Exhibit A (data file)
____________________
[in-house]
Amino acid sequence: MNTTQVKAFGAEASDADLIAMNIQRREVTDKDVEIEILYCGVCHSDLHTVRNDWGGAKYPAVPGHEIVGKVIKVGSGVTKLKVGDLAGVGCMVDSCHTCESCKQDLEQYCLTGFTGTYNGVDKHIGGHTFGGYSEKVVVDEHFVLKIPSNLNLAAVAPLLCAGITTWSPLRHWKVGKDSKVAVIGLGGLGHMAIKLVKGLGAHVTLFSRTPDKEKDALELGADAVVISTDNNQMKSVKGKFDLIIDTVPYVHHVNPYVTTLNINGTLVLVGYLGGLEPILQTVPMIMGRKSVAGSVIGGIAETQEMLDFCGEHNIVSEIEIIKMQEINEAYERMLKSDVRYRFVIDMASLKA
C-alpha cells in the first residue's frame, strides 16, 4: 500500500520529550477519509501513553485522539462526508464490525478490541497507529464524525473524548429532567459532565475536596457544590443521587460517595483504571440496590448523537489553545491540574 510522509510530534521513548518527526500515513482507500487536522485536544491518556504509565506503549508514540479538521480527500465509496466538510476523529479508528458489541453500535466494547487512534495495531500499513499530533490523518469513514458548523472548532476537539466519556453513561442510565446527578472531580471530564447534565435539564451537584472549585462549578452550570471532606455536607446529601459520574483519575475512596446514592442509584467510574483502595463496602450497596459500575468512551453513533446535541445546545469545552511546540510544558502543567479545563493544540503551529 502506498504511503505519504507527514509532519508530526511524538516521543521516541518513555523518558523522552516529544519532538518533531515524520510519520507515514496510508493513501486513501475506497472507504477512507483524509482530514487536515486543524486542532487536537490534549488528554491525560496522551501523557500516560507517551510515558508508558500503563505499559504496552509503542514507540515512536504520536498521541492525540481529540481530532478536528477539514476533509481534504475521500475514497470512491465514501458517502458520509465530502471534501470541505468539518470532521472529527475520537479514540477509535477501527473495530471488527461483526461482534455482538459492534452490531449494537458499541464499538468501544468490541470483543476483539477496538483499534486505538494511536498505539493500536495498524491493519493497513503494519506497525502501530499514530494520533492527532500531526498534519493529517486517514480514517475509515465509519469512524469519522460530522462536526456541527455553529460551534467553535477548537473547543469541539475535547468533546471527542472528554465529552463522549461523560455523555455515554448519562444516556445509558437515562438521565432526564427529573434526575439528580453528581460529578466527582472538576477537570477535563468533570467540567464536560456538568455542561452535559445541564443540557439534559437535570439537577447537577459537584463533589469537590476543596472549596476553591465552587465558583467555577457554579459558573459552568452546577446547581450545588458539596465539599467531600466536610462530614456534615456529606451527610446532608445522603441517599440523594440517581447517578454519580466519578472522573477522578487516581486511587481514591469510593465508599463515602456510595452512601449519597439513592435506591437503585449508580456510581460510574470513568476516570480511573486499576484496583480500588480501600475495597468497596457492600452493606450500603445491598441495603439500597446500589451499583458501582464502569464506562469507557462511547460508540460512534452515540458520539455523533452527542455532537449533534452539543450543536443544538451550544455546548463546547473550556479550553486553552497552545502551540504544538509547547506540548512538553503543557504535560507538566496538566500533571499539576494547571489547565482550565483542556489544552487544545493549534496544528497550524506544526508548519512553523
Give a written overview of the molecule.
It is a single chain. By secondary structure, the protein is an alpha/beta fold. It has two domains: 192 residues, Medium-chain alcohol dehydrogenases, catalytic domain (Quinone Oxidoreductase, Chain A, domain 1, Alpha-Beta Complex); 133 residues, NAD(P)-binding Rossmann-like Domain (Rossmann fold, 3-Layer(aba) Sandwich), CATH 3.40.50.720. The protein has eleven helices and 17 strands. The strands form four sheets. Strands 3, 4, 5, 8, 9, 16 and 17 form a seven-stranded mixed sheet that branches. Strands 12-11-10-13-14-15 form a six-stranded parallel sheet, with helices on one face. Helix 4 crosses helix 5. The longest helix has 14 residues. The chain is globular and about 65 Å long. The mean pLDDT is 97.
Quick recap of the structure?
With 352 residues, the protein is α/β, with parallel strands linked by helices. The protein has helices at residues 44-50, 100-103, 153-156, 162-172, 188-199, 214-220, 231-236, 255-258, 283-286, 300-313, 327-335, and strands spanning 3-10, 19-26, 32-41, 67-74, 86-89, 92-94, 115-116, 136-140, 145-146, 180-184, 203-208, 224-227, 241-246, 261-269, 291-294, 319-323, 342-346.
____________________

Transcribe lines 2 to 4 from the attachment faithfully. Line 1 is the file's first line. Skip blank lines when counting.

Amino acid sequence: MNTTQVKAFGAEASDADLIAMNIQRREVTDKDVEIEILYCGVCHSDLHTVRNDWGGAKYPAVPGHEIVGKVIKVGSGVTKLKVGDLAGVGCMVDSCHTCESCKQDLEQYCLTGFTGTYNGVDKHIGGHTFGGYSEKVVVDEHFVLKIPSNLNLAAVAPLLCAGITTWSPLRHWKVGKDSKVAVIGLGGLGHMAIKLVKGLGAHVTLFSRTPDKEKDALELGADAVVISTDNNQMKSVKGKFDLIIDTVPYVHHVNPYVTTLNINGTLVLVGYLGGLEPILQTVPMIMGRKSVAGSVIGGIAETQEMLDFCGEHNIVSEIEIIKMQEINEAYERMLKSDVRYRFVIDMASLKA
C-alpha cells in the first residue's frame, strides 16, 4: 500500500520529550477519509501513553485522539462526508464490525478490541497507529464524525473524548429532567459532565475536596457544590443521587460517595483504571440496590448523537489553545491540574 510522509510530534521513548518527526500515513482507500487536522485536544491518556504509565506503549508514540479538521480527500465509496466538510476523529479508528458489541453500535466494547487512534495495531500499513499530533490523518469513514458548523472548532476537539466519556453513561442510565446527578472531580471530564447534565435539564451537584472549585462549578452550570471532606455536607446529601459520574483519575475512596446514592442509584467510574483502595463496602450497596459500575468512551453513533446535541445546545469545552511546540510544558502543567479545563493544540503551529 502506498504511503505519504507527514509532519508530526511524538516521543521516541518513555523518558523522552516529544519532538518533531515524520510519520507515514496510508493513501486513501475506497472507504477512507483524509482530514487536515486543524486542532487536537490534549488528554491525560496522551501523557500516560507517551510515558508508558500503563505499559504496552509503542514507540515512536504520536498521541492525540481529540481530532478536528477539514476533509481534504475521500475514497470512491465514501458517502458520509465530502471534501470541505468539518470532521472529527475520537479514540477509535477501527473495530471488527461483526461482534455482538459492534452490531449494537458499541464499538468501544468490541470483543476483539477496538483499534486505538494511536498505539493500536495498524491493519493497513503494519506497525502501530499514530494520533492527532500531526498534519493529517486517514480514517475509515465509519469512524469519522460530522462536526456541527455553529460551534467553535477548537473547543469541539475535547468533546471527542472528554465529552463522549461523560455523555455515554448519562444516556445509558437515562438521565432526564427529573434526575439528580453528581460529578466527582472538576477537570477535563468533570467540567464536560456538568455542561452535559445541564443540557439534559437535570439537577447537577459537584463533589469537590476543596472549596476553591465552587465558583467555577457554579459558573459552568452546577446547581450545588458539596465539599467531600466536610462530614456534615456529606451527610446532608445522603441517599440523594440517581447517578454519580466519578472522573477522578487516581486511587481514591469510593465508599463515602456510595452512601449519597439513592435506591437503585449508580456510581460510574470513568476516570480511573486499576484496583480500588480501600475495597468497596457492600452493606450500603445491598441495603439500597446500589451499583458501582464502569464506562469507557462511547460508540460512534452515540458520539455523533452527542455532537449533534452539543450543536443544538451550544455546548463546547473550556479550553486553552497552545502551540504544538509547547506540548512538553503543557504535560507538566496538566500533571499539576494547571489547565482550565483542556489544552487544545493549534496544528497550524506544526508548519512553523
Give a written overview of the molecule.